A Sense of Belonging

Can you remember a time when you felt like you really belonged?

For me, it was the day I became a submariner.

During the pinning ceremony, the gold dolphin insignia was placed on my uniform signifying I was a qualified submarine officer. That insignia told the world I belonged to an exceptional group of people qualified in underwater warfare.

It was one of my proudest moments, and it’s an important identity I have kept my whole life.

So what about you? How do you feel when you really belong?

There something powerful about that feeling. It’s in our human nature to want to belong, to be part of a tribe. The problem is that this feeling is missing for so many people. Unfortunately, COVID has even made the situation worse. Young people, especially, are feeling increasingly disconnected.

It’s in our human nature to want to belong, to be part of a tribe. Click To Tweet

While we are connected more-and-more virtually, we are becoming disconnected both physically and emotionally.

Human connection was a primary topic in my conversation with Gabriel Klingman on my recent podcast episode. Gabriel was a manager at Starbucks for nearly a decade. One of the things he observed about young people is that they had a real “longing to belong.”

He also observed that, if you could create an environment where they felt like they were part of something special, it unleashed their potential as an employee. They became dedicated to what they did because there was a feeling of belonging.

He observed that belonging drove performance, especially with younger employees.

Creating a sense of belonging is an integral part of leadership. As you build your team, you need to consider if your employees feel like they belong to something special.

Have you created an environment where it’s special to be part of your tribe? Or is it just a job?

Work has the potential to be more than just a four-letter word. It can be where people can go, have friends, and strive together towards a common goal.

Work has the potential to be more than just a four-letter word. Click To Tweet

For some people, it might be the only place where they feel like they belong. They might have a troubled home life, but when they come to work, there’s stability. I know for me, my business feels more like a family than a company.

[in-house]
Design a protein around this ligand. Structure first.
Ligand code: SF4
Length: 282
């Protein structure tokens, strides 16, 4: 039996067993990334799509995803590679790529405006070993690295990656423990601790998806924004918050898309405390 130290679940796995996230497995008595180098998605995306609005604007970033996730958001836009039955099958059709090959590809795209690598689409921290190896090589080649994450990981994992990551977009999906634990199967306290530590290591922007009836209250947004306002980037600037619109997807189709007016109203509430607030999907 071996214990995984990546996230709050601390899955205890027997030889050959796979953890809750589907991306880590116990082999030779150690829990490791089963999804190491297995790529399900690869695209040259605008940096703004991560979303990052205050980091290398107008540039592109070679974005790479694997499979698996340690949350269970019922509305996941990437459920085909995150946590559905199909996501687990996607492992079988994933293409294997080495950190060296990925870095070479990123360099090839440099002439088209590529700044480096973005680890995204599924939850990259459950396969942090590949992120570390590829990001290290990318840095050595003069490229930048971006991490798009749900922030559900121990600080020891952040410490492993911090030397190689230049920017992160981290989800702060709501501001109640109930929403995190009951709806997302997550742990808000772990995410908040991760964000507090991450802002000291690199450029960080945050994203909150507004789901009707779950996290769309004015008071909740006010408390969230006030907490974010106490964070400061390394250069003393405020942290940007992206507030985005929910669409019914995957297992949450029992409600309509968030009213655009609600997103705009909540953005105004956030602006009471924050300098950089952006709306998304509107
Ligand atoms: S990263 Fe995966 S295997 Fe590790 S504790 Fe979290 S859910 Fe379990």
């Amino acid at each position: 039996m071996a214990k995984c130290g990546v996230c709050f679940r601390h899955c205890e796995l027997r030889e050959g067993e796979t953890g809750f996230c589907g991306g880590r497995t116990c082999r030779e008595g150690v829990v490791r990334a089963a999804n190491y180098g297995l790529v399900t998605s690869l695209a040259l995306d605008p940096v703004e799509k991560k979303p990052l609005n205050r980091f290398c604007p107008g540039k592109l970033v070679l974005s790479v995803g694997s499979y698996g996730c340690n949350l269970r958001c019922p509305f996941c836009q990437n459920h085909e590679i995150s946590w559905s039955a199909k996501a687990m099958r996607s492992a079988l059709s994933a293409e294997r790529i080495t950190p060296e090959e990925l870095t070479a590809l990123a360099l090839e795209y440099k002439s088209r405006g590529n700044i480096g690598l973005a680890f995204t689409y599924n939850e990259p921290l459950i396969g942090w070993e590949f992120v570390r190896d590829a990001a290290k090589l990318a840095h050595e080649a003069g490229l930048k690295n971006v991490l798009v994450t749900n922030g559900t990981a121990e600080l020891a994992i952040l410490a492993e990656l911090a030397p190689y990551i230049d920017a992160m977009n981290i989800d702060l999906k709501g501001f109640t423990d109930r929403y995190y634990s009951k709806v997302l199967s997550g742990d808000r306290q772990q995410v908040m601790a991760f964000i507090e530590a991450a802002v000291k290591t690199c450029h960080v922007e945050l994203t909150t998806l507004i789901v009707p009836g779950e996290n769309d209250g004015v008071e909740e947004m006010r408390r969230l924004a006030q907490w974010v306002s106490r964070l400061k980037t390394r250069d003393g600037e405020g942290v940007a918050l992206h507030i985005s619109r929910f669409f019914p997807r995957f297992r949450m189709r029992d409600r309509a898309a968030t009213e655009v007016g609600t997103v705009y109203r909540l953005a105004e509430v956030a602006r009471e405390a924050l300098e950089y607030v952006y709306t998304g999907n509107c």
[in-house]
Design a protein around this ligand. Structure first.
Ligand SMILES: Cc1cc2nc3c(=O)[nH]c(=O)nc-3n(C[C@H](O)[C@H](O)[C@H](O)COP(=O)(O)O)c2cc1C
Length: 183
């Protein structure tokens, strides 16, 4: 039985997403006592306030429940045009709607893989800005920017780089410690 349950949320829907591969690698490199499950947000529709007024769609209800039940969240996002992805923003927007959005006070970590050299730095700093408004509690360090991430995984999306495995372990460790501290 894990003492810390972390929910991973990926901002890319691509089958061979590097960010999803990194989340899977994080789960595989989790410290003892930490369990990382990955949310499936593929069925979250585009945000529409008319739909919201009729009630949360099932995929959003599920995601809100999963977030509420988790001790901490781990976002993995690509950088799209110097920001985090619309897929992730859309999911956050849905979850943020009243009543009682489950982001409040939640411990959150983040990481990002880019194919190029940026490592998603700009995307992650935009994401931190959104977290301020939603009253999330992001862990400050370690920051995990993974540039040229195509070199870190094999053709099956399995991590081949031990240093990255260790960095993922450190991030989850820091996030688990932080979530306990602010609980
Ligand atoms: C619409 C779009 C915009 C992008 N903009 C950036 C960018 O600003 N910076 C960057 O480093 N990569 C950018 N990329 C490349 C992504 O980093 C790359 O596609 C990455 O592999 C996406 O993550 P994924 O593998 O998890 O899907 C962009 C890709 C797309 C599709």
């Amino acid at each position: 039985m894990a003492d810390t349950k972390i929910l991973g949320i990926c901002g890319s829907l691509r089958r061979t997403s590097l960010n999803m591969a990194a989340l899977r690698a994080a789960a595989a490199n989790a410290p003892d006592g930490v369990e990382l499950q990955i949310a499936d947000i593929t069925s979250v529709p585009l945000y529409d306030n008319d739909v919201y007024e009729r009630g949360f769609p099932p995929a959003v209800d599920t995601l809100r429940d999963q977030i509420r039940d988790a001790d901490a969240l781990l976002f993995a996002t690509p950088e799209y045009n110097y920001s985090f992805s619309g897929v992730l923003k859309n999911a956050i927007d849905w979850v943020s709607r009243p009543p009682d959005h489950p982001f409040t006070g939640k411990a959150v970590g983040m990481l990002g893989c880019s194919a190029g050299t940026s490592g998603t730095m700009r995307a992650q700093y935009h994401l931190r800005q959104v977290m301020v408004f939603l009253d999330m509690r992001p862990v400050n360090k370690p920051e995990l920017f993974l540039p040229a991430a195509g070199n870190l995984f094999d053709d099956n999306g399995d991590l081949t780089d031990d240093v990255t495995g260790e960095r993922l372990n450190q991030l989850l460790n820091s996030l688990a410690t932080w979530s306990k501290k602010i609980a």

The question is, how can you create a culture of belonging within your team?

Creating a high-performance culture and a high-performing team requires a feeling of belonging and connection.

I challenge you today to think about how you can create a tribe with a true sense of belonging. It will help your employees reach their full potential and help you become a more effective leader.

Listen in to my whole discussion with Gabriel Klingman here.

I have the watch

 

P.S. I understand many who are reading this have bosses who don’t understand the value of people and relationships. For those of you with bosses like this, I am offering a new service. For just $10, I will anonymously mail a copy of my book, “I Have the Watch: Becoming a Leader Worth Following,” to your boss with a personal note. Click here and enter the discount code BOSS at checkout.

The Difference between a Great Team and an Elite Team

Something happened at my company three weeks ago that confirmed we are moving in the right direction. And it has nothing to do with our financial performance.

In our daily morning standup meeting, a founding employee announced she was pregnant with her first baby.

The reaction from the rest of the employees told me everything I needed to know. There were smiles, shouts of congratulations, clapping, and something even more powerful, tears.

I looked around and saw many of my employees crying for joy over this exciting news.

The response confirmed something I had been feeling for a long time; we were becoming more like family than a company. There was a bond developing that was special, and it was something I hadn’t sensed since I left the military.

We were becoming more like family than a company. Click To Tweet

Building a business for the past five years has felt a little like us against the world, but lately, I feel like the world doesn’t stand a chance.

My recent podcast guest, Dr. Larry Widman, confirmed what I suspected. My employees were displaying one of the essential characteristics of an elite team – love.

Let me explain.

Larry is a high-performance psychiatrist and an elite mindset coach. He works with CEOs, professional athletes, Olympians, and NCAA teams to develop the mental skills and mindset to push performance boundaries.

He said something on the podcast that stood out.